I had a sales guy reach out to me about Synology. Have you had any exposure to them?
StarWind Software CTO, Chief Architect & Co-Founder. Microsoft Most Valuable Professional [MVP] in Cluster 2014 & 2015. SMB3, NFS, iSCSI & FCoE.
Thus far, I've got the impression that people might prefer dell, but they haven't exactly come out and said it.
I prefer Dell because I can get it refurb with full warranty through xByte. I've been hinting to them that we'd like them to offer SuperMicro as well, though.
xByte is an excellent option if company doesn't need new!
Hey... my company has been relying on http://www.thinkmate.com/ for their server needs. This isn't a company I know much about when it comes to server hardware. Do any of you know much about them? Are they any good? What is your hardware brand of choice? I've used dell in the past, and have loved them, but I'm not sure if it is worth trying to make the change.
#servers #thinkmate #dell #hp
I WISH there was a built-in way in Windows Server to use RAM as cache. I think it's awesome that StarWind has it.
Well it opens a big can of worms if done in the wrong way. People don't understand block DRAM cache is dangerous w/out synchronous replication between nodes to keep multiple copies of the cache coherent between independent "controller" nodes and sort of a log at the back end, they install StarWind on a single controller w/out UPS, experience power outage and few GBs of transactions lost and... come blame us! :(
One of the biggest benefits to Starwind is that it uses RAM cache in its SAN stack to give you millions of IOPS, instead of tens of thousands of IOPS, for lots of operations.
Yes we do! Will be happy to help to anybody who wants to play with it. Here:
Also, the need for the battery went away long ago. That's a 2000's problem.
Do what? This was a standard feature as recently as 2012 on the Dell T600 line.
Standard as a cheaper downgrade, right?
Standard as in it was the "Dell Recommended" option at the time.
And it looks like it was 2011.
And it looks like the R720xd I purchased from XByte to replace that server has the PERC H710P with a battery.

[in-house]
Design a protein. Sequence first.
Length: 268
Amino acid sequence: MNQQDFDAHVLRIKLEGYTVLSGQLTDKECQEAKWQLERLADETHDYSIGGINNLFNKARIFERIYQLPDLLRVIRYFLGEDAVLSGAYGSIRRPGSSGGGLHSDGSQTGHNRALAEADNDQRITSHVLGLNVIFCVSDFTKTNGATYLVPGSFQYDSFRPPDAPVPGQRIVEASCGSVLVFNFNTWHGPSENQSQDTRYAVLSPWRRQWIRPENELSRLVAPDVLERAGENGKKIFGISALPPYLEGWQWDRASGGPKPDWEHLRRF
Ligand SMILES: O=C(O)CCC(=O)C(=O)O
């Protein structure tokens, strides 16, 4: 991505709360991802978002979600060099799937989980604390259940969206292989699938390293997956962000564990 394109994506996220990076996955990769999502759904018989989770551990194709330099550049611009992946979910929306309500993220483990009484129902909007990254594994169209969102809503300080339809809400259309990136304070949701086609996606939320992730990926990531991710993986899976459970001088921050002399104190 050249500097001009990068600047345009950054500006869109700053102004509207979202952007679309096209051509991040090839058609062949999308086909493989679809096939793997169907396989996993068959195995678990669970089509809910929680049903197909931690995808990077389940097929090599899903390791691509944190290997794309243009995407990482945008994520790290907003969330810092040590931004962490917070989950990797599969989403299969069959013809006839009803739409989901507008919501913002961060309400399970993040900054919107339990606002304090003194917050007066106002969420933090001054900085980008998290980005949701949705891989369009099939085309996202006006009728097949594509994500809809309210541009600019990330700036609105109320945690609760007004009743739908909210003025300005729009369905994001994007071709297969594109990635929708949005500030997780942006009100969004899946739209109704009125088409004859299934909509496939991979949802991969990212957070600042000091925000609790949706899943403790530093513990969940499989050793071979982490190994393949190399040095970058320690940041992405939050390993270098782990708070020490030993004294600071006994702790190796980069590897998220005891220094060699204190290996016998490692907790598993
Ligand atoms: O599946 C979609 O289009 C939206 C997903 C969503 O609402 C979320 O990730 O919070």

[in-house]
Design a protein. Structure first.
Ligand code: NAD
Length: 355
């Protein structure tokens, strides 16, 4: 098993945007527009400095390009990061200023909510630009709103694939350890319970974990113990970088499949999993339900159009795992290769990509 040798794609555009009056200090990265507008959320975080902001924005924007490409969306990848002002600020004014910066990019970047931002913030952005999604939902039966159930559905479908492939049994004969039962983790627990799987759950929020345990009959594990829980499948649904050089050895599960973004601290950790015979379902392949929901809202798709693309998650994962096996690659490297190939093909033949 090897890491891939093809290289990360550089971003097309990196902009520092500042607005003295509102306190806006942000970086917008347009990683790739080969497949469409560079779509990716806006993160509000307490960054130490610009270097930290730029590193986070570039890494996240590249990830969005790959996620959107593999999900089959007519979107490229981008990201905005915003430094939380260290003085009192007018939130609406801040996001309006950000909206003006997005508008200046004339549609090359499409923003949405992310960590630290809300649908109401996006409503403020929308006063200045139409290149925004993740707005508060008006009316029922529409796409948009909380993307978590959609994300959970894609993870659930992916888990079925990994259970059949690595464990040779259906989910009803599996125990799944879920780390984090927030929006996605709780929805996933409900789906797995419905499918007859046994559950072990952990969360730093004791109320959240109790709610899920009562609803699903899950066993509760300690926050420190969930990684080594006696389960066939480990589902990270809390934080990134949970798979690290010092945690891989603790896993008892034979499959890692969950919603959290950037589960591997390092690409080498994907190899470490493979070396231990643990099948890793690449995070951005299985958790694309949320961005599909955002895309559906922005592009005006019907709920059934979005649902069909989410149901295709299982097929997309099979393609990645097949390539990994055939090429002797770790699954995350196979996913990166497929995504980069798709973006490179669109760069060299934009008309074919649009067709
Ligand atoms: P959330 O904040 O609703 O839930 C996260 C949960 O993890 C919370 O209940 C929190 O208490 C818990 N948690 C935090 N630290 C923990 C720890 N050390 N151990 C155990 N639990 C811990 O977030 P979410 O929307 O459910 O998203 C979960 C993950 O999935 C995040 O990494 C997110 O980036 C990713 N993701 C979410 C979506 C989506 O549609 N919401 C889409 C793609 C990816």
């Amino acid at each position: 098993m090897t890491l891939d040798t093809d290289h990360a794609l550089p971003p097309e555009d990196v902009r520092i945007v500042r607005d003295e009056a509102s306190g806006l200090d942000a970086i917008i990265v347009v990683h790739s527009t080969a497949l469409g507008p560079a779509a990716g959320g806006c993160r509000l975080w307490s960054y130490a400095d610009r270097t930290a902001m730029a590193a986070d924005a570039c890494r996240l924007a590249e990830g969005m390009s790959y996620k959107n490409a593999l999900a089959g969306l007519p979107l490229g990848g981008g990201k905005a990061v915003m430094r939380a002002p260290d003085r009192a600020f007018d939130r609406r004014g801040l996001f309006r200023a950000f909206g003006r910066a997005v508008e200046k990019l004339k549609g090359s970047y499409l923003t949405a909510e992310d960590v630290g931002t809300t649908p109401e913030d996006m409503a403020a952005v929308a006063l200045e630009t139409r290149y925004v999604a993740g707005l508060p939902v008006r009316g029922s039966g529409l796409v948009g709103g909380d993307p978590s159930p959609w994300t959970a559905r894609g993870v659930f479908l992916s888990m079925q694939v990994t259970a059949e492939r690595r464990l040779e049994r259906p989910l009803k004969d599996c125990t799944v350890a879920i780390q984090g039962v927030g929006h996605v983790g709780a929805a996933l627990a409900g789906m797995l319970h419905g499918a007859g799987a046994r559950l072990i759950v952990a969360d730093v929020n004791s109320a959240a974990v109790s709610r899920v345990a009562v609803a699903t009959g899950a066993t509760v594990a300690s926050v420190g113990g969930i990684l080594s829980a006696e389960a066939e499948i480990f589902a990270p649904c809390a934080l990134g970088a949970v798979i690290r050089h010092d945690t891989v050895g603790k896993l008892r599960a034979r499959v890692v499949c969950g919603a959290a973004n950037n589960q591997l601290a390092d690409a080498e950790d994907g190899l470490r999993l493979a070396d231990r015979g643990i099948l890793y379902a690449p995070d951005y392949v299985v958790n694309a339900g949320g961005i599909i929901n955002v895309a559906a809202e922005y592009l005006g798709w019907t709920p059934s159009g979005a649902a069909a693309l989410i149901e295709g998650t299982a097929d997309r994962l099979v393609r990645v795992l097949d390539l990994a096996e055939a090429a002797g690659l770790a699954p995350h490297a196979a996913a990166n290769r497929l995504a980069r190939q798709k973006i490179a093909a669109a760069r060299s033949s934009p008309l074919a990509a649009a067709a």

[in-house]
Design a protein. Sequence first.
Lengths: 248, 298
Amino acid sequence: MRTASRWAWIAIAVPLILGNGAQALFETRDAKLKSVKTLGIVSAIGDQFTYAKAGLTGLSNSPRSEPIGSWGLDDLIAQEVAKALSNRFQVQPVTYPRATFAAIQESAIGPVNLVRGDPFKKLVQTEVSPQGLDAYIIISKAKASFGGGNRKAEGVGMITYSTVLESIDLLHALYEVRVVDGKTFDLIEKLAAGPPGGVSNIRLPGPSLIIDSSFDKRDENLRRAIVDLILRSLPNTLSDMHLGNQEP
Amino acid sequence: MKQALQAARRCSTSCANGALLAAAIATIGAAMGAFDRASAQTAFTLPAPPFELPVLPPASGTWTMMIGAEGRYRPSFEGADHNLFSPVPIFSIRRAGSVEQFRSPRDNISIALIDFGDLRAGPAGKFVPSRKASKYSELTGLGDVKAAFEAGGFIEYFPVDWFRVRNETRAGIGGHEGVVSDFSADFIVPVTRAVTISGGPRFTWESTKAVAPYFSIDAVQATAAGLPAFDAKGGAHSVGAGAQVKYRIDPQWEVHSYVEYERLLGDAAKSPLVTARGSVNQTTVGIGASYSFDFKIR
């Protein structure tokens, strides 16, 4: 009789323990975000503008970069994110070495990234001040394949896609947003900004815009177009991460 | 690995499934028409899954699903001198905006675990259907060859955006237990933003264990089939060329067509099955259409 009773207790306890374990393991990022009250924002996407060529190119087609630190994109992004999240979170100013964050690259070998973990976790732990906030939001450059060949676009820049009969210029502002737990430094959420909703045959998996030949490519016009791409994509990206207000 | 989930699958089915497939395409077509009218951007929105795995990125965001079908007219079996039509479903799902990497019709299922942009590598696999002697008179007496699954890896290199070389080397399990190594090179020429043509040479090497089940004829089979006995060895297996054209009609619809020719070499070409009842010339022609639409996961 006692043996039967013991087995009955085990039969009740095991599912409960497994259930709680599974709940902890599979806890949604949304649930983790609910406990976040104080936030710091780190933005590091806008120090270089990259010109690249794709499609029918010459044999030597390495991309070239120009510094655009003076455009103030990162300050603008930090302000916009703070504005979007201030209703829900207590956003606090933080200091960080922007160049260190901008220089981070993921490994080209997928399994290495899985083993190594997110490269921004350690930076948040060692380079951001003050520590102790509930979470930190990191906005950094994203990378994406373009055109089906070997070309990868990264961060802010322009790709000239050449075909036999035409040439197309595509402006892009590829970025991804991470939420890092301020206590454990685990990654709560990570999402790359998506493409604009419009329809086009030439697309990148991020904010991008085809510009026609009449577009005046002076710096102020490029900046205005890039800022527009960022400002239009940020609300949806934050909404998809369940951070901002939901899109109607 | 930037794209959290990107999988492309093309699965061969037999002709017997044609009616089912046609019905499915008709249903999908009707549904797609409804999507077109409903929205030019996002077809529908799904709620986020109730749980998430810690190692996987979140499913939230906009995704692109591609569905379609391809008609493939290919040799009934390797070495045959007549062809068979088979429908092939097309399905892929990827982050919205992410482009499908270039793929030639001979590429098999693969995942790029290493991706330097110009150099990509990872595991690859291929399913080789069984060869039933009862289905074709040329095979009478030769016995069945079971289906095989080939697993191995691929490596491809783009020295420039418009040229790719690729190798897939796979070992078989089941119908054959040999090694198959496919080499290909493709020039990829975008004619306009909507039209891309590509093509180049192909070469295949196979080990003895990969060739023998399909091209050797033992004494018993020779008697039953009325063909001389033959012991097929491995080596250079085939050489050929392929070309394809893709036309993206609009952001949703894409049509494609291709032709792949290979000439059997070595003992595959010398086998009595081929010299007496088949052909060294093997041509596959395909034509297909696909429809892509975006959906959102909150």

This page here says it uses NVCache. Why does it have a battery?
NV = battery-powered DRAM + flash for persistent storage. On power outage detected battery will drive on-board micro controller go gain access to memory bus and copy fast but volatile DRAM to slow but NV flash.
Double caching seems dangerous or at least slow things down a little.
Not dangerous or slow. We do similar things for high speed websites. But in the opposite direction, of course.
Double caching is no more dangerous than single caching, if caching is dangerous, it's dangerous. If it is safe, it doesn't matter how many times you do it.
As for latency, it's not an issue and all hardware RAID systems like this do it under the hood because it's the only good way to add the SSD layer. You always want a RAM cache on the front end, and you need disks on the back end. The question is, do you want SSD in the middle or not.
If you think about the performance leap from spinners to SSD, it makes total sense to have SSD in front of them for cache. Even a little SSD helps the spinners a LOT. Same difference from SSD to RAM. RAM is orders of magnitude faster than SSD, just like SSD is over spinners. So the gains are similar. And RAM doesn't wear like SSD does, so it doesn't just speed things up but allows for fewer and more efficient writes and that means longer SSD life which actually adds reliability.
Also, cache allows writes to happen faster allowing more data to be protected before a failure.
I have a main Hypervisor running with a PERC H730p (2gb cache), configured with write-back (uses the 2gb cache) for all volumes, even the SSD SanDisk DAS Cache slow HDD volume.